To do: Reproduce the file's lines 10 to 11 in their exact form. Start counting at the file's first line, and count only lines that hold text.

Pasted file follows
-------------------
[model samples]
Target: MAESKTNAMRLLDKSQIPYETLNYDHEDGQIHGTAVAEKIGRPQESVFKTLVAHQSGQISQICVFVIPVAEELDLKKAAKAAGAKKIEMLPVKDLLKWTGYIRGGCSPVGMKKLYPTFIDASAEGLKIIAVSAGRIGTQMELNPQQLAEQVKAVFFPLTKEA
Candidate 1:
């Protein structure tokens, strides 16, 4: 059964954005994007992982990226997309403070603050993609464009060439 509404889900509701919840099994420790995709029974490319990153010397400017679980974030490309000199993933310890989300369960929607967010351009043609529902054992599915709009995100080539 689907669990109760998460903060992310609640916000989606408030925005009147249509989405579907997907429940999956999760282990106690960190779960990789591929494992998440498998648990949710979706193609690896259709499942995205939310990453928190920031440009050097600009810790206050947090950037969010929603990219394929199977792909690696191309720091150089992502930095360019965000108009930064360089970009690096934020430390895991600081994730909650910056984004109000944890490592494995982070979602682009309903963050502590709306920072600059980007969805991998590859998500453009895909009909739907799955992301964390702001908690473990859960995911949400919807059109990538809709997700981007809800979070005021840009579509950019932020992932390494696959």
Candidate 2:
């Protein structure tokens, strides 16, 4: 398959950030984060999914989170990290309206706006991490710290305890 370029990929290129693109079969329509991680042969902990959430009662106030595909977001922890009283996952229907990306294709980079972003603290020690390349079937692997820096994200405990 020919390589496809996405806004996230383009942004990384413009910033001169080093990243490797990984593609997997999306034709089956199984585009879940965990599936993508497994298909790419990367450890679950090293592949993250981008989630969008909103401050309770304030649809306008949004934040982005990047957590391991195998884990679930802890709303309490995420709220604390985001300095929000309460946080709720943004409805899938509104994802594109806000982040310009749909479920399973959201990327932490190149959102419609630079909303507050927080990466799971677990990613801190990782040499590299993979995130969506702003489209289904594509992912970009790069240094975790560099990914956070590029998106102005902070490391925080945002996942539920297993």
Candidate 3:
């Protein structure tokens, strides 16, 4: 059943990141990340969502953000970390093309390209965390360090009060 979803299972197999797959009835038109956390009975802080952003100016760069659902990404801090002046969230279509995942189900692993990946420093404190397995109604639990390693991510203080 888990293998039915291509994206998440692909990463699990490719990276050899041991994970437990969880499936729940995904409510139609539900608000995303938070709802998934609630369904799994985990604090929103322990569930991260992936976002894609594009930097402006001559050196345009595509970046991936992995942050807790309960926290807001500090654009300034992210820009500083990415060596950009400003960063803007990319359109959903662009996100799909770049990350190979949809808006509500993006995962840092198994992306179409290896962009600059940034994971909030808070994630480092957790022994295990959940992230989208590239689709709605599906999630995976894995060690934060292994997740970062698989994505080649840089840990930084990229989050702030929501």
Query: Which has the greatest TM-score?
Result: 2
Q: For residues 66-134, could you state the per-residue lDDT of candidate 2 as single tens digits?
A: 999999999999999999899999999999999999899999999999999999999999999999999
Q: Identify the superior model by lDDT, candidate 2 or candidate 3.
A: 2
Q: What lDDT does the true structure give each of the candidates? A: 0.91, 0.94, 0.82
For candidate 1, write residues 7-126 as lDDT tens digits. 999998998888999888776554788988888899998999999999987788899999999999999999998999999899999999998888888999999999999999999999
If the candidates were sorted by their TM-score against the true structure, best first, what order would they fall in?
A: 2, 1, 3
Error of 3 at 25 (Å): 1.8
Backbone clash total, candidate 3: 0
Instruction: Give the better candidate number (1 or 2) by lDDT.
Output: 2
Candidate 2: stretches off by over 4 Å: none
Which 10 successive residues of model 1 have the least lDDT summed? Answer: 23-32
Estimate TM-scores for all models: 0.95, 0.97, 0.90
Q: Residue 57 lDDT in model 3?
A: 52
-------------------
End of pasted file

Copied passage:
Result: 2
Q: For residues 66-134, could you state the per-residue lDDT of candidate 2 as single tens digits?